An absentee wealthy father, three spinster sisters hawking wish fulfillment and blather, a conflicted surrogate aunt with mixed feelings about a visiting teenager and a 16-year-old with a strong attraction to a needle somehow manage to create a fairly inert melodrama in Robert Stromberg’s Maleficent (C), a revisionist Sleeping Beauty told through the perspective of Angelina Jolie’s fabulous costumes. As the object of audience ambivalence, Jolie does strike a mighty mean pose and has some deliciously nasty lines from time to time. She was most surprising when her sensitive side shines through opposite Elle Fanning as about-to-be-a-cutter Aurora. The effects and characters of the enchanted forest are truly laughable: some look like second unit rejects from the Captain EO creature shop; and even though the running time is brisk, the lopsided narrative withholds most of the intrigue for most of the film’s duration. For reclaiming a villain from history, it’s no Wicked. But in saving Jolie’s virtually hit-free career from continued box office poison, she may have just earned her wings.
The second chapter in the Middle Earth set dwarf dynasty is slightly more interesting than its plodding prequel predecessor, upgrading Peter Jackson’s Hobbit 2 to a C+. Basically (1) an elfin forest needs better arachne-pest control, (2) a river escape in wine barrels drifts the adventurers to a lethargic lake town and (3) dwarves and an invisible Hobbit fight a very pyro-imprecise talking dragon in his treasure room. These raiders of a lost Arkenstone are especially frustrating when inside forests, castles or mountains, because there gravity and logic become that of video games rather than of cinema. You don’t fall into endless chasms in this fantasy, but rather a mysterious hook, mining cart, spider web or other device appears to save all central characters from freefall. Amazing how with all this action, it’s mostly notable for draggin’.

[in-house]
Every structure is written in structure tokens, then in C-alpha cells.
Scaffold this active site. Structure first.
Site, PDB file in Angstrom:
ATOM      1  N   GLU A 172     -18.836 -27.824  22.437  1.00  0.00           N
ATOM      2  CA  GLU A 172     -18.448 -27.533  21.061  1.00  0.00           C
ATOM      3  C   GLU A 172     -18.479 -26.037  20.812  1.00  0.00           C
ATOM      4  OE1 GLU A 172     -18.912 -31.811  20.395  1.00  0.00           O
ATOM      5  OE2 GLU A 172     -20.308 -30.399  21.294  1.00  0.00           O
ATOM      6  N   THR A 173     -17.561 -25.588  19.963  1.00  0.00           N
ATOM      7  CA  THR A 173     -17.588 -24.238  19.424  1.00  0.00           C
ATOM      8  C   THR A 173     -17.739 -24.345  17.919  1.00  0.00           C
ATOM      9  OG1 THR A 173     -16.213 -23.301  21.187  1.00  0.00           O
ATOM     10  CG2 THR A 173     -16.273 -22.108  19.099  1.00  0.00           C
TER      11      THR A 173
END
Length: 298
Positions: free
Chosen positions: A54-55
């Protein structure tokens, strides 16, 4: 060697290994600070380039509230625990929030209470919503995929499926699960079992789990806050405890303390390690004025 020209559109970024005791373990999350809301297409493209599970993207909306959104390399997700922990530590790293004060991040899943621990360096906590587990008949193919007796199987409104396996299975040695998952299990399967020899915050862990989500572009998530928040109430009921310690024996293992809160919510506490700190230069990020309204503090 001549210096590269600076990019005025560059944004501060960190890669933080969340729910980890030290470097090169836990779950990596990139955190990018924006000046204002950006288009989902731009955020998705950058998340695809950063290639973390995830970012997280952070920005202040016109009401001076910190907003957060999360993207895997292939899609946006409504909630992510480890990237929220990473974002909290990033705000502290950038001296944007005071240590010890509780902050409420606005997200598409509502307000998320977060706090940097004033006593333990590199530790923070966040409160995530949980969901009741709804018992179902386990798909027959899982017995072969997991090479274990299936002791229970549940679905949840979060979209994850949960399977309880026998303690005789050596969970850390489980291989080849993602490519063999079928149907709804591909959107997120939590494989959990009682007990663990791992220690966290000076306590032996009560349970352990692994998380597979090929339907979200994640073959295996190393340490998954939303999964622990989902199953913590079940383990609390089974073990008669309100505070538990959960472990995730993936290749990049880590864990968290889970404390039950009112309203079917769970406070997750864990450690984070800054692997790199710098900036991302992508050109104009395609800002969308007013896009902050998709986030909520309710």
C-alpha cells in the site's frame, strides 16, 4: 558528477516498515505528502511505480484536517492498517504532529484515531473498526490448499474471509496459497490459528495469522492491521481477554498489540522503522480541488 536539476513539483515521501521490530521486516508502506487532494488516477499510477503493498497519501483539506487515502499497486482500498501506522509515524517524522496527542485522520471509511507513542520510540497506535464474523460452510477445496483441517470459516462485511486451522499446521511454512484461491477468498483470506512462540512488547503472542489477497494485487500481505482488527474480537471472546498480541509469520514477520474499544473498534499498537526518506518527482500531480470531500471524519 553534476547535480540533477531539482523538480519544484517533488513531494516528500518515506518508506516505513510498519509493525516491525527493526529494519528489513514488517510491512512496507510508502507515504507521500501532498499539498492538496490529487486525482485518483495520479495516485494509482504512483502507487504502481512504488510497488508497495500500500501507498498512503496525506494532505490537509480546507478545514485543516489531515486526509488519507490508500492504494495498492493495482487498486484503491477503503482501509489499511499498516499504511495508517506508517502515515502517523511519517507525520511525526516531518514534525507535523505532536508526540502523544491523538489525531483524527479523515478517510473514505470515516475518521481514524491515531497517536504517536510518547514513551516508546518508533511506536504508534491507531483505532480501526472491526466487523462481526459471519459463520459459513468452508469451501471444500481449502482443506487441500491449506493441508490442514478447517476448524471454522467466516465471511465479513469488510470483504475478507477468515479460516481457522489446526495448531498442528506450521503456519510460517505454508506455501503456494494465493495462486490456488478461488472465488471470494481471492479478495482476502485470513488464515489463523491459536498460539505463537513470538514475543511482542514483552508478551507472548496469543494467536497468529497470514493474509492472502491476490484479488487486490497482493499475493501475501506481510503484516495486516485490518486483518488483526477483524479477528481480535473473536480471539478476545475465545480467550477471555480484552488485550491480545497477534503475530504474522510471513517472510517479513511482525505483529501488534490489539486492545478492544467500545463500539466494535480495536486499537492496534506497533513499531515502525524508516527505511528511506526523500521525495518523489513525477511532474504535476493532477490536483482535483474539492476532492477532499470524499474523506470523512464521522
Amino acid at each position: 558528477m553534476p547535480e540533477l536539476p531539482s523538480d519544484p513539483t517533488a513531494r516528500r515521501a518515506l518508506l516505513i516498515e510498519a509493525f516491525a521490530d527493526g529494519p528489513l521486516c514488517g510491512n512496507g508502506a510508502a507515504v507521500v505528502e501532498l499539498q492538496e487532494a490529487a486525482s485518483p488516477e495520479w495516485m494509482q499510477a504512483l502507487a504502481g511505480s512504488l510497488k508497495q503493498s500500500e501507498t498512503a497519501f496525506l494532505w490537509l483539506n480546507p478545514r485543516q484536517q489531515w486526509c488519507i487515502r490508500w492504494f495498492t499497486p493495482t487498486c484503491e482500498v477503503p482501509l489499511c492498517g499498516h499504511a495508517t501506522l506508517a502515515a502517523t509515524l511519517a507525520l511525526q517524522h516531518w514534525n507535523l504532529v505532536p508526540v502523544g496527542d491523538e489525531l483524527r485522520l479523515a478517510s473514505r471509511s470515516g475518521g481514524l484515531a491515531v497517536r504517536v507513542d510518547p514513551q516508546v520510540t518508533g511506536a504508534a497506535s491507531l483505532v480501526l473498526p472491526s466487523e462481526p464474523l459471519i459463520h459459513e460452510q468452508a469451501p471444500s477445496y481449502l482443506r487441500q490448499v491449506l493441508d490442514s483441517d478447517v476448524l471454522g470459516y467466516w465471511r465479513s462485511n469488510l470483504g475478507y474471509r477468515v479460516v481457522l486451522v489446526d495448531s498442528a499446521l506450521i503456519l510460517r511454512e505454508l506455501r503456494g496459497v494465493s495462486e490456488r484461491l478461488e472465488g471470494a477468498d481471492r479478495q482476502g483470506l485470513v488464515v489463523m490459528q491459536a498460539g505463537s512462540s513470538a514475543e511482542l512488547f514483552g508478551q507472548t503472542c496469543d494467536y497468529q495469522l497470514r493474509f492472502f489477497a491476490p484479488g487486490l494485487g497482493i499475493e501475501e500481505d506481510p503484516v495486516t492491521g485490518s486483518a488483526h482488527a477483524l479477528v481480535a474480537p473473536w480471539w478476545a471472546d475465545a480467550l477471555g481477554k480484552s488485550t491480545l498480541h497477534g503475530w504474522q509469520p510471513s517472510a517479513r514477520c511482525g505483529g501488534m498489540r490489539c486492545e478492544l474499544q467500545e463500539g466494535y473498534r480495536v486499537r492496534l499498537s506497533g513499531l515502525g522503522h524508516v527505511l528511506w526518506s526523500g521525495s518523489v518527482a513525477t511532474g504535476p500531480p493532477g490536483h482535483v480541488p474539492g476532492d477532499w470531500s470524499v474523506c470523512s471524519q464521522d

Director Sam Raimi has built a palace on a poppy field with the visually resplendent, narratively inert box office hit Oz: The Great and Powerful (C-). Built around a conman protagonist played by James Franco and featuring the most star studded trio of witches since Disney’s similarly hideous Hocus Pocus, this tedious journey through predictable prequeldom is pretty much a mess from start to finish. Ah, but that beautiful spectacle – almost everything emerald or enchanting you could dream of painting on a green screen! Too bad there are only about two or three moments that make you care. When Disney further extends this yellow brick franchise, I suggest new screenwriters behind the curtain.
The most unexpected thing about Peter Jackson’s The Hobbit: An Unexpected Journey (C-) is what a letdown it is after his famous Middle Earth trilogy that came before it. If the Lord of the Rings novels were each dense books distilled into what amounts to a mini-series of episodic wonders, The Hobbit is a light paperback prequel stretched out into a three-part tedium. What else accounts for the first hour of this film being used for an unnecessary tacked-on framing device about Bilbo Baggins’ birthday party followed by an extended dinner party with a bunch of dwarves singing a song? By the time the underwhelming protagonist is introduced at his rightful age and played by Martin Freeman, the film has long since lost its ability to kickstart the thrills. This time around, the effects look like overproduced video games. There are simply too many characters winding through too many caverns for the eye to focus in on anything distinctive that looks at all remarkable or interesting. Instead of a cliffhanger that teases the thrills ahead, the ending prompts the question, “did this really need to be three films?”